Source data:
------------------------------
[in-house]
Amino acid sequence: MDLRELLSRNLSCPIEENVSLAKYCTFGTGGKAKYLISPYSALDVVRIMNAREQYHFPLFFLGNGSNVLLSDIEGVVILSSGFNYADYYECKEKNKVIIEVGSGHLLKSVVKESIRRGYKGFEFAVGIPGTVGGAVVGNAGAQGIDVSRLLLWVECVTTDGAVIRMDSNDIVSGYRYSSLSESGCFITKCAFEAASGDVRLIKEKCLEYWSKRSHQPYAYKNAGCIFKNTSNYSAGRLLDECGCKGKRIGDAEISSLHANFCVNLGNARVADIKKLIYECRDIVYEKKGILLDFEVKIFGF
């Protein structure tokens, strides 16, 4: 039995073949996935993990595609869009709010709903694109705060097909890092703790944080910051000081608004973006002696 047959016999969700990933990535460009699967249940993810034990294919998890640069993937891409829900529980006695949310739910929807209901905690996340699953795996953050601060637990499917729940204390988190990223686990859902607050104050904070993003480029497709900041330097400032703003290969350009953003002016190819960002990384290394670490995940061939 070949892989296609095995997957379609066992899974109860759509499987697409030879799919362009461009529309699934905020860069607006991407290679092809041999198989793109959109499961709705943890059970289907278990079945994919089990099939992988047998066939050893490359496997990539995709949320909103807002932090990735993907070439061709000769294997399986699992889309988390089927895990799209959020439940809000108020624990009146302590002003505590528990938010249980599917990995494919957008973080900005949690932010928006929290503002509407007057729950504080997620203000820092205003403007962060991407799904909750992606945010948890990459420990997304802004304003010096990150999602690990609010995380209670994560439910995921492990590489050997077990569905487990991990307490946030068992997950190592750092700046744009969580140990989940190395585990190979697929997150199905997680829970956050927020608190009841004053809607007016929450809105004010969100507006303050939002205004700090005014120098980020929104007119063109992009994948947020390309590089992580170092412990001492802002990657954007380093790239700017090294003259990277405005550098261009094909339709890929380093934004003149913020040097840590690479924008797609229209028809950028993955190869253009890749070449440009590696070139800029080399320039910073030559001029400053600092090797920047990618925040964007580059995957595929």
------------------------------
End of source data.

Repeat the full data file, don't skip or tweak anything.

[in-house]
Amino acid sequence: MDLRELLSRNLSCPIEENVSLAKYCTFGTGGKAKYLISPYSALDVVRIMNAREQYHFPLFFLGNGSNVLLSDIEGVVILSSGFNYADYYECKEKNKVIIEVGSGHLLKSVVKESIRRGYKGFEFAVGIPGTVGGAVVGNAGAQGIDVSRLLLWVECVTTDGAVIRMDSNDIVSGYRYSSLSESGCFITKCAFEAASGDVRLIKEKCLEYWSKRSHQPYAYKNAGCIFKNTSNYSAGRLLDECGCKGKRIGDAEISSLHANFCVNLGNARVADIKKLIYECRDIVYEKKGILLDFEVKIFGF
């Protein structure tokens, strides 16, 4: 039995073949996935993990595609869009709010709903694109705060097909890092703790944080910051000081608004973006002696 047959016999969700990933990535460009699967249940993810034990294919998890640069993937891409829900529980006695949310739910929807209901905690996340699953795996953050601060637990499917729940204390988190990223686990859902607050104050904070993003480029497709900041330097400032703003290969350009953003002016190819960002990384290394670490995940061939 070949892989296609095995997957379609066992899974109860759509499987697409030879799919362009461009529309699934905020860069607006991407290679092809041999198989793109959109499961709705943890059970289907278990079945994919089990099939992988047998066939050893490359496997990539995709949320909103807002932090990735993907070439061709000769294997399986699992889309988390089927895990799209959020439940809000108020624990009146302590002003505590528990938010249980599917990995494919957008973080900005949690932010928006929290503002509407007057729950504080997620203000820092205003403007962060991407799904909750992606945010948890990459420990997304802004304003010096990150999602690990609010995380209670994560439910995921492990590489050997077990569905487990991990307490946030068992997950190592750092700046744009969580140990989940190395585990190979697929997150199905997680829970956050927020608190009841004053809607007016929450809105004010969100507006303050939002205004700090005014120098980020929104007119063109992009994948947020390309590089992580170092412990001492802002990657954007380093790239700017090294003259990277405005550098261009094909339709890929380093934004003149913020040097840590690479924008797609229209028809950028993955190869253009890749070449440009590696070139800029080399320039910073030559001029400053600092090797920047990618925040964007580059995957595929």